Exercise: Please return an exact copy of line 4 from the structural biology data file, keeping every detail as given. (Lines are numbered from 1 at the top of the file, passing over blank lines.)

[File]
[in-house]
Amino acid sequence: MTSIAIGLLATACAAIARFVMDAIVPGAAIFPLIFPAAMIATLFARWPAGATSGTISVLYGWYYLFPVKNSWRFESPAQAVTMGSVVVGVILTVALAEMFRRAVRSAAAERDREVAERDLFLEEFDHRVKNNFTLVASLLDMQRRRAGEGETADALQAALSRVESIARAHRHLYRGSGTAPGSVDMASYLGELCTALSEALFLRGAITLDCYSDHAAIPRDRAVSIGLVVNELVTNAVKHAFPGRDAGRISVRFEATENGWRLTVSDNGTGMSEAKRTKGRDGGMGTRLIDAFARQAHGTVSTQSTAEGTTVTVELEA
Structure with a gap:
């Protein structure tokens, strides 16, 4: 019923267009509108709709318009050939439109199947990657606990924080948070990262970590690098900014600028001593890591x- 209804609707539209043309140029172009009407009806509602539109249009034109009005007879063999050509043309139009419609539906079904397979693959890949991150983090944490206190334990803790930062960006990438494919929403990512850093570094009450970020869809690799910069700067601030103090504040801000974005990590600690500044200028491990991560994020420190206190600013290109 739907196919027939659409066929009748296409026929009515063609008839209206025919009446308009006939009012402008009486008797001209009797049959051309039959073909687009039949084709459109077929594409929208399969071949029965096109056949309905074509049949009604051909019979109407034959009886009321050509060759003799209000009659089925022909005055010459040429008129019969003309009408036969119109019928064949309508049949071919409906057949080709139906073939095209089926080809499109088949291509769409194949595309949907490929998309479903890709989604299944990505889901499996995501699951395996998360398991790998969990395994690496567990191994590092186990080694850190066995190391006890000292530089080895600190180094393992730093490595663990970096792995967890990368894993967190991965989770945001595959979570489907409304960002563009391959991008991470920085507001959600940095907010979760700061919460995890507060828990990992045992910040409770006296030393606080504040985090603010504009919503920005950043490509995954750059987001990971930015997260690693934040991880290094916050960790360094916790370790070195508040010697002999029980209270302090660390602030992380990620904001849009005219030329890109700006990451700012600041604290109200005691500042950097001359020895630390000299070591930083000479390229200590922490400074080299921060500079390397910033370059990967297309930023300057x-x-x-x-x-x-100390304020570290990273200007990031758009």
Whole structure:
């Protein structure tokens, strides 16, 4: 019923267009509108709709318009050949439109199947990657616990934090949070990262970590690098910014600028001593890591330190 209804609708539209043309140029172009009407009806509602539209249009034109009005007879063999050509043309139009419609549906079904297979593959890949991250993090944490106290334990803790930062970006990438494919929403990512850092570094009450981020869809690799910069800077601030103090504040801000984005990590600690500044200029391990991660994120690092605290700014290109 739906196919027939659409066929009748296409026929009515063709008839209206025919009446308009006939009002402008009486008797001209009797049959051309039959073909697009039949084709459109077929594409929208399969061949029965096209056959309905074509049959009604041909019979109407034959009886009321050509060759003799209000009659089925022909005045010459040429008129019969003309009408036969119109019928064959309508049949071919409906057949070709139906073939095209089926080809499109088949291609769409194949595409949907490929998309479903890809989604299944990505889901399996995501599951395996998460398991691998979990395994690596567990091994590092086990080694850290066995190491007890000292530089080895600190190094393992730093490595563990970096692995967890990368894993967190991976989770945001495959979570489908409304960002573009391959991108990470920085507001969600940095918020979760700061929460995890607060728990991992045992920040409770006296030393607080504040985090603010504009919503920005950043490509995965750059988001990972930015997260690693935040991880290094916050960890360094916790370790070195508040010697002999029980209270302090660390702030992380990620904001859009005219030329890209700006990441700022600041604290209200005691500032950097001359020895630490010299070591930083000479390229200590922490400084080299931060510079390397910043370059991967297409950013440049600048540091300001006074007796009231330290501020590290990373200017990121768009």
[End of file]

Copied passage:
């Protein structure tokens, strides 16, 4: 019923267009509108709709318009050939439109199947990657606990924080948070990262970590690098900014600028001593890591x- 209804609707539209043309140029172009009407009806509602539109249009034109009005007879063999050509043309139009419609539906079904397979693959890949991150983090944490206190334990803790930062960006990438494919929403990512850093570094009450970020869809690799910069700067601030103090504040801000974005990590600690500044200028491990991560994020420190206190600013290109 739907196919027939659409066929009748296409026929009515063609008839209206025919009446308009006939009012402008009486008797001209009797049959051309039959073909687009039949084709459109077929594409929208399969071949029965096109056949309905074509049949009604051909019979109407034959009886009321050509060759003799209000009659089925022909005055010459040429008129019969003309009408036969119109019928064949309508049949071919409906057949080709139906073939095209089926080809499109088949291509769409194949595309949907490929998309479903890709989604299944990505889901499996995501699951395996998360398991790998969990395994690496567990191994590092186990080694850190066995190391006890000292530089080895600190180094393992730093490595663990970096792995967890990368894993967190991965989770945001595959979570489907409304960002563009391959991008991470920085507001959600940095907010979760700061919460995890507060828990990992045992910040409770006296030393606080504040985090603010504009919503920005950043490509995954750059987001990971930015997260690693934040991880290094916050960790360094916790370790070195508040010697002999029980209270302090660390602030992380990620904001849009005219030329890109700006990451700012600041604290109200005691500042950097001359020895630390000299070591930083000479390229200590922490400074080299921060500079390397910033370059990967297309930023300057x-x-x-x-x-x-100390304020570290990273200007990031758009």